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    These First-Generation Americans Are Sharing How Disney's "Encanto" Illustrates Generational Trauma

    "My mom said, 'Which one are you?' And I said, 'I'm all of them.'"

    Warning: Encanto spoilers!!

    Disney's Encanto is a beautiful little tale about a young Colombian girl, full of magic, the cutest Disney kid ever to exist (Antonio), and the melodic tunes of Lin-Manuel Miranda.

    Antonio looking cute with his big beautiful eyes
    Disney Plus

    Antonio^. 

    But deeper than that, it's a story that celebrates magical realism, and illustrates the generational trauma that is often passed down in immigrant families.

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    "When I first watched the movie it was kind of a shock, because most of the time you kind of ignore all this [family issues], so having the movie kind of put a mirror to our face and show us all we’ve dealt with, it was shocking to have that be exposed to us," 35-year-old Violeta Sandoval — who emigrated from Mexico with her parents when she was 4 — told BuzzFeed.

    Violeta sitting on house steps with the caption "First Gen: Balance assimilation with preserving culture"
    @thrivin_mexicana / Via tiktok.com

    Encanto follows the tale of Mirabel, a young girl who lives in the Encanto, a magical place in the mountains of Colombia. Her family, the Madrigals, are each given a unique gift when they come of age that allows them to not only serve their family, but also protect their town and better serve their community — everyone but Mirabel that is, who is the only child in her family to not have been given a magical power. The family is headed by Abuela Alma, who will stop at nothing to ensure her family's magic remains strong, and their gifts are passed down from each generation.

    Maribel wearing a beautiful embroidered dress and wearing large eyeglasses
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    "There’s three sisters, and although they each have their own issues and personalities, all three of those [characters] can be applied to the first-generation immigrant," Violeta explained. "For example, Isabela is the face of the family — I had to do the same thing, where you have to be the perfect one, and you kind of have to give up a lot of your childhood and your dreams and aspirations to better the family."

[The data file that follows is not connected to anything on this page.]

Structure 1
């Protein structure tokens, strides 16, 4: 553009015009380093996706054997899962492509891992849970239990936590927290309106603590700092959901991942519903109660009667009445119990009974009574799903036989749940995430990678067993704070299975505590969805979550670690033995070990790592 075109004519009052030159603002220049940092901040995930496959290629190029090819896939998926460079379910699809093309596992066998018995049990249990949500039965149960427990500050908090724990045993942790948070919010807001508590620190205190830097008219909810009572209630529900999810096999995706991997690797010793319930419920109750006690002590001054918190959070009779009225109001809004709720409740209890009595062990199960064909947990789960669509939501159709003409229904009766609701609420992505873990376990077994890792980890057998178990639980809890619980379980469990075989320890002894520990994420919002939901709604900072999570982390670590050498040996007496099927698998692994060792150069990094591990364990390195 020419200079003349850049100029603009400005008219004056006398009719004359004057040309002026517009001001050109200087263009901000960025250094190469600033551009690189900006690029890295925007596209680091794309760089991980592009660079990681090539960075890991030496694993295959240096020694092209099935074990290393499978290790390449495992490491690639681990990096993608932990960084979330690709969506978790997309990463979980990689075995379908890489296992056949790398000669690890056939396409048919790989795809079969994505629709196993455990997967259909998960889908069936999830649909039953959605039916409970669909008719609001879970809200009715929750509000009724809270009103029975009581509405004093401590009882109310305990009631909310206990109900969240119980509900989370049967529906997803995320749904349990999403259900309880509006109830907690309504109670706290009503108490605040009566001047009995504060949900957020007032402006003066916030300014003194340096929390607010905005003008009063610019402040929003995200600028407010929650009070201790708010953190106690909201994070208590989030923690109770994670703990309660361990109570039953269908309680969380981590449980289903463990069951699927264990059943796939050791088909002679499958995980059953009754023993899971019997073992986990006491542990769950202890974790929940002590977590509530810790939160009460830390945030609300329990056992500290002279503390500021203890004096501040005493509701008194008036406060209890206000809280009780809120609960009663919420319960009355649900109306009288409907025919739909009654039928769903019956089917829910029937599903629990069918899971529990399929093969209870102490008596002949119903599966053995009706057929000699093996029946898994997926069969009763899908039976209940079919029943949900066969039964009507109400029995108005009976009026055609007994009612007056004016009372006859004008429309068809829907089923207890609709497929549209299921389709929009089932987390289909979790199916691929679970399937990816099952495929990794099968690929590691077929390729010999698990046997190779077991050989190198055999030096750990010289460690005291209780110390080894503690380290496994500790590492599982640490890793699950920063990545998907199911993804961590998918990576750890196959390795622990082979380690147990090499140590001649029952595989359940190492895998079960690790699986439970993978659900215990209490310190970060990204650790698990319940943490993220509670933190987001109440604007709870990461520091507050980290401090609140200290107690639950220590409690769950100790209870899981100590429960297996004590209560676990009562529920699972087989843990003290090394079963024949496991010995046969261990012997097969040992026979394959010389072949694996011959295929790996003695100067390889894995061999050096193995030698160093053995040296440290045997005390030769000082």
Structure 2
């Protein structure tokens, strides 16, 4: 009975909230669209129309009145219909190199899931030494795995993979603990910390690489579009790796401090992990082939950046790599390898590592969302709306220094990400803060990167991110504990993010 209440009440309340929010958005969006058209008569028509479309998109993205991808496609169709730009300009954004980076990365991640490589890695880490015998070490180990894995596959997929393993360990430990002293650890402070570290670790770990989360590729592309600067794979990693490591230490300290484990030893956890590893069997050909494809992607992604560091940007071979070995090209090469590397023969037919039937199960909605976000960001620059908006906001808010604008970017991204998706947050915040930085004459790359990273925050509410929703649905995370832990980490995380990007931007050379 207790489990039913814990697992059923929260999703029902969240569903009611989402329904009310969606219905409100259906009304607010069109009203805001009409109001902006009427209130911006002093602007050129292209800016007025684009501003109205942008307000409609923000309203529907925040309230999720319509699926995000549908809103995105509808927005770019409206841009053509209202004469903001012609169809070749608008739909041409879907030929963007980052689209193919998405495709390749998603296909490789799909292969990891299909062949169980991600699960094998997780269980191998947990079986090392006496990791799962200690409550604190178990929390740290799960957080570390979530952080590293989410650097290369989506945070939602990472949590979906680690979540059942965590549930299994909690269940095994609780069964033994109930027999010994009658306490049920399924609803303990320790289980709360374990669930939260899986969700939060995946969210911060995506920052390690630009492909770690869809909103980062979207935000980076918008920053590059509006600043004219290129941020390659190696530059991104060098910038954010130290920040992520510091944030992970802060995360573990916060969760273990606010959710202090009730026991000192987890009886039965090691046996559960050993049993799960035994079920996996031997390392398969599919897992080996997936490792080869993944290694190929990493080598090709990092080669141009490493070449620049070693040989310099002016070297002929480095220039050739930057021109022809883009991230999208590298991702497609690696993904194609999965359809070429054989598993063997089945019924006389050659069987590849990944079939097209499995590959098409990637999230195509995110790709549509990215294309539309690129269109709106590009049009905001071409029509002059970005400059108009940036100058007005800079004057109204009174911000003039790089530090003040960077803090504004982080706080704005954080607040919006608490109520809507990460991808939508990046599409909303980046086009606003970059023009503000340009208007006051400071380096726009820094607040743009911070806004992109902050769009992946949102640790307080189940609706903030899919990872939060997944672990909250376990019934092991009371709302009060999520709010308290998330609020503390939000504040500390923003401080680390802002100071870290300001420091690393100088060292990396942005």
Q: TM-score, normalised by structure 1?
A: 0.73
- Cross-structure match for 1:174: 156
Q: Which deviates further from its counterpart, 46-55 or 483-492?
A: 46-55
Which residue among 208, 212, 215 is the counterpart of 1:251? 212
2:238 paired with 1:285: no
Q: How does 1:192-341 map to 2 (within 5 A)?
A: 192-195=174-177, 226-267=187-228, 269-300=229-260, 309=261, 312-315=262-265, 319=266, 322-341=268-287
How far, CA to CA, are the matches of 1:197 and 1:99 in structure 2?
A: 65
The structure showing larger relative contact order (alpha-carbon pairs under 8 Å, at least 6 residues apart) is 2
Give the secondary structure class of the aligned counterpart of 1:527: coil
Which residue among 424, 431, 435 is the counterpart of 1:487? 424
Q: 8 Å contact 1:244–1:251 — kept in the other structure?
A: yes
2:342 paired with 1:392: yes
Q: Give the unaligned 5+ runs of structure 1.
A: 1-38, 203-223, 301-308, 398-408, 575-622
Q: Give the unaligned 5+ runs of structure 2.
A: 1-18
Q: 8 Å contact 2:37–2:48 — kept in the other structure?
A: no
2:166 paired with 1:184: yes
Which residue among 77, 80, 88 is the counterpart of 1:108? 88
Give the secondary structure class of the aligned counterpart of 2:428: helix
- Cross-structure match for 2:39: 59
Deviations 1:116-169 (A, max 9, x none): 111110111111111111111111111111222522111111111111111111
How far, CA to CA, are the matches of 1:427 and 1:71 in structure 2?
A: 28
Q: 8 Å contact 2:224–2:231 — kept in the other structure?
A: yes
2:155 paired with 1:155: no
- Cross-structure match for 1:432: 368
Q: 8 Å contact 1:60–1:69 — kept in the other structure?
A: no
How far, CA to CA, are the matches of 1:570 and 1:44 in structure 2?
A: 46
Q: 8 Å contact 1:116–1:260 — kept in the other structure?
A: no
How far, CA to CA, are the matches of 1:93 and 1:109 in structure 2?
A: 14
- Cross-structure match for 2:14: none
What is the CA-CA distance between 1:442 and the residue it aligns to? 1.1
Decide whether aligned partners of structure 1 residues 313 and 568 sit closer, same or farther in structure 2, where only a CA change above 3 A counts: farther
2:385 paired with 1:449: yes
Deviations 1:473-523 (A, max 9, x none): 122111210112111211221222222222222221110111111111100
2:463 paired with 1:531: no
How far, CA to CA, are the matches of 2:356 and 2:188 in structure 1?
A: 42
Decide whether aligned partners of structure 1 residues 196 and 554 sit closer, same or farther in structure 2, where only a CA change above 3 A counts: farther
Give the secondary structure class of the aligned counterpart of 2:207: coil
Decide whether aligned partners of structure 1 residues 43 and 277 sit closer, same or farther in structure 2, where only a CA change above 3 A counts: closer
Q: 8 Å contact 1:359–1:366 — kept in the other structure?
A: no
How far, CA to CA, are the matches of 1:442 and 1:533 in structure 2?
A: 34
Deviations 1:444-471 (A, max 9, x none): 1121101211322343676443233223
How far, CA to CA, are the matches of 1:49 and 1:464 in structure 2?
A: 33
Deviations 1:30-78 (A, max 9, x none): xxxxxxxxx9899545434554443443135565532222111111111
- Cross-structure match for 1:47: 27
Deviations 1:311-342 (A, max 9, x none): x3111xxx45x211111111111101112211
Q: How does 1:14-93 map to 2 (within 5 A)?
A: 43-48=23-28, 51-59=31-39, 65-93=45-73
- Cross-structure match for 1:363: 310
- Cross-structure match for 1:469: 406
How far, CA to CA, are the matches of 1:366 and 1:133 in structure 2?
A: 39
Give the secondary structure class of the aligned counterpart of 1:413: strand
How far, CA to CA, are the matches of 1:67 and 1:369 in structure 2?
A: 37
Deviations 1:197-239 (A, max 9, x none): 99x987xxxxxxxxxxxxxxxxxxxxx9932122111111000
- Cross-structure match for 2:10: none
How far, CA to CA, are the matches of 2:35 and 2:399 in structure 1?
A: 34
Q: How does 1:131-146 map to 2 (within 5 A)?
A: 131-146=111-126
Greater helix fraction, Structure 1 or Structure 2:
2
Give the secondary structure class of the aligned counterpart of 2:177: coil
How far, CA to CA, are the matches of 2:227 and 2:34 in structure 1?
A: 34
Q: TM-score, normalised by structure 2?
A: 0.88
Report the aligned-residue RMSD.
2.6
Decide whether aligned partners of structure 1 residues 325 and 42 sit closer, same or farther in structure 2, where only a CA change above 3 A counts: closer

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    "But then you also have the issue with Luisa being the strong one and the protector," she continued. "I know I’ve had to be the strong one and the protector [at times] and carry all the pain and responsibility of the family — translate for them, and advocate for them — because you were the one that studied English. That’s a lot of pressure. But then also, Mirabel is the one who is carrying the trauma and trying to heal the family so that we don't have to continue carrying it for generations. I think all three of them embody what first gens deal with in the US."

    Like Violeta, many other first-generation Americans and immigrants have taken to TikTok in recent weeks to share what Encanto meant to them, and how their own experiences are reflected in those of the characters in the movie.



    "I know for a lot of different people it could be about a lot of different things, like slavery or colonization, but I think the movie is about generational trauma because it’s about how trauma is passed down," 18-year-old Margot Masclans, whose father emigrated from Bolivia, told BuzzFeed.

    Margo saying "Me relating to Encanto because I am ethnically Hispanic and I'm able to see specific Latina family dynamics and generational trauma connected to having an immigrant parent especially from South America but I am also a White Queer"
    @margotb1tches / Via tiktok.com